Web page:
With each 0.1% global temperature increase, we’re 8 percent more exposed to flooding or heavy precipitation events in the UK. Water processing costs increase when there is a severe precipitation event because water companies have to draw more electricity to process greater volumes of water while still meeting customer demand. Those processing costs increased with rising electricity prices and increased frequency of flood events. Yet, due to the AMP process instilled by the regulator, the water companies cannot pass on that cost to the consumer.
Therefore, flood is one peril where a parametric product can offer solutions for a highly critical exposure in the UK. We’ve seen deductibles as low as 200k for flood and as high as £25m. A parametric flood cover and our partnerships with data providers can offer solutions for critical locations and for companies to protect their balance sheets from the funding of these deductibles.
What are the main climate risks for the agricultural sector right now?
In terms of agriculture, it varies depending on the crop. Generally, farmers have many fixed costs that don’t change regardless of if they have a good harvest, or if the yield is reduced significantly. The sum of fixed costs will stay the same and they still have to pay to reseed for the next year. The contract demands are fixed to meet the yield prescribed for how much land will be seeded.
Whether faced with drought exposure, flood, or frost, these risks can all aggregate into a significant problem for the farming community with regard to fixed costs and contractual demands.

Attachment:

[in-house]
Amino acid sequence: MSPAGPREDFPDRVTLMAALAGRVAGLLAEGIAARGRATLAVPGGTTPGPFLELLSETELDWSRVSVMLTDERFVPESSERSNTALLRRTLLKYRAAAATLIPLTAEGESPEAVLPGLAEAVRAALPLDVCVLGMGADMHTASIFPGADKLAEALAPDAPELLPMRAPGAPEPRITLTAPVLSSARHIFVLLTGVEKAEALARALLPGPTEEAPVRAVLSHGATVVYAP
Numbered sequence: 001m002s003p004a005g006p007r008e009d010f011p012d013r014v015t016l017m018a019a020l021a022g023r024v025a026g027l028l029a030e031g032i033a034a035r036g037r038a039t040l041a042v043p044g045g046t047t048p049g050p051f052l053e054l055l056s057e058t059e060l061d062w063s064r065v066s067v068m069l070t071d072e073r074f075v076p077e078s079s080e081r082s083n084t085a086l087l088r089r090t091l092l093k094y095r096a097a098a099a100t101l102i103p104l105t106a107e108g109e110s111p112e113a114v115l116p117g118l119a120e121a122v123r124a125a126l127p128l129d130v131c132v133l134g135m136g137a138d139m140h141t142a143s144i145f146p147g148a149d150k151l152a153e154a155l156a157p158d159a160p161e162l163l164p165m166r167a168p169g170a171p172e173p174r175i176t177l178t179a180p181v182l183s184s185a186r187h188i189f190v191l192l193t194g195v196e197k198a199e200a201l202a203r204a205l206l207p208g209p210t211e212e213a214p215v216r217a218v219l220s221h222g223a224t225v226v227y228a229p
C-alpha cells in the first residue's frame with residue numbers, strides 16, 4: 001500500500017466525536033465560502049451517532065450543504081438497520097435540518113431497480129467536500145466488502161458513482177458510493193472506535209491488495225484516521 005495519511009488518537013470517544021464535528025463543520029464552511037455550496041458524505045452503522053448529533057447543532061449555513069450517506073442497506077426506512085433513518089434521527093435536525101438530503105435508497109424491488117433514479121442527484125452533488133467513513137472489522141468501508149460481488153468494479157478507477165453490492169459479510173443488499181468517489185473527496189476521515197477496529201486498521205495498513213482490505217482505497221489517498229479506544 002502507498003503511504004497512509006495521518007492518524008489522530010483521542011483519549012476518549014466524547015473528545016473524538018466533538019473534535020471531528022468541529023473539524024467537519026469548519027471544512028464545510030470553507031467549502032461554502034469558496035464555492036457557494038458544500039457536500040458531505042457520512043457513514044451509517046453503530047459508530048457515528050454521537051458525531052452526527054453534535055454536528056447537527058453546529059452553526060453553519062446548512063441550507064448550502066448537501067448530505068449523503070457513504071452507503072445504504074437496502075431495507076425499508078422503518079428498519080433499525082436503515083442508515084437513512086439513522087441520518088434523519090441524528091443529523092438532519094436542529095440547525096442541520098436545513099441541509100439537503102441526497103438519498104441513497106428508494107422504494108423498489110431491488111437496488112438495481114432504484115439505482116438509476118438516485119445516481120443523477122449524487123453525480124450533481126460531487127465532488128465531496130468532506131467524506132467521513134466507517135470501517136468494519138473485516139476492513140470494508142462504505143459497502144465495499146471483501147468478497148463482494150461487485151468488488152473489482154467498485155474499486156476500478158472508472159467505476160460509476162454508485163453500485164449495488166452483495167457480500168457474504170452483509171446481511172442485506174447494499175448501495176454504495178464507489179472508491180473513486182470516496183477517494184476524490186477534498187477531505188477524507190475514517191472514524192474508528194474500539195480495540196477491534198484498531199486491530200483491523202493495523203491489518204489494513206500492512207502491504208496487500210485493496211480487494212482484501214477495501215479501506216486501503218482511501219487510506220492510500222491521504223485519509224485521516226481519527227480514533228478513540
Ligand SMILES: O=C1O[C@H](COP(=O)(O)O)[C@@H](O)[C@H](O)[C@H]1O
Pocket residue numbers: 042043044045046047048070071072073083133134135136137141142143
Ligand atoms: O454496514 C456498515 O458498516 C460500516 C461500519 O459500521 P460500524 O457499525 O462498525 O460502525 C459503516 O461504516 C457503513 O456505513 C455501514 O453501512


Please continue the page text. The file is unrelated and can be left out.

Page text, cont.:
Parametric solutions are very flexible and structured to be fully client-customized. We can even cover critical growing periods against multiple perils. For example, in the event of significant rainfall during a crucial harvesting period, farmers may be unable to get heavy machinery onto the field. Based on the client’s needs, our insurance products can be tailored to have, a 2-week policy can cover this risk.
What does the future look like for natural catastrophes across the UK, Irish and London markets?
Quite bleak; we can’t call catastrophic events anomalies anymore. From an insurance perspective, it’s not as grim, but it will become more challenging. Traditional insurers cannot sustain their current position, and their models cannot keep pace, at least not in the same way parametric insurance and advancing technologies can with the changing environment.
From a Nat Cat perspective, it will force brokers and clients to look for alternative forms of risk transfer. Whether that’s looking at parametric insurance as a form of Nat Cat risk transfer or clients starting to set up their own captive vehicles or more protected cells.
When you look at Hurricane Ian, industry losses estimates are between 50-75 billion; this is a wide range. How it will play out is difficult to know. We will see reinsurers and ILS vehicles, who have never had losses before, start to see loss creep into their layers. Both because it’s a significant industry event and due to inflation. Pricing will increase, and appetite will reduce as less capital comes into the market, ultimately filtering down to the end customer.
Where do you see the parametric market going in the future?
With parametric insurance, the modeling is much more granular, incorporating stochastic climate change events, client location and historical losses to provide more certainty regarding actual loss when the event occurs. And that loss can be both physical damage and/or non-damage business interruptions that carry financial implications.
As a claim is paid within a few days, carriers are not holding future losses on their balance sheet when they’re covered by parametric products. This benefits the customer. Also, in the current hard market context, the fact that capital is still going into parametric lines of business means that there is still confidence in our ability to transfer risk more precisely than in the traditional indemnity market. The future for this type of parametric risk transfer looks incredibly bright.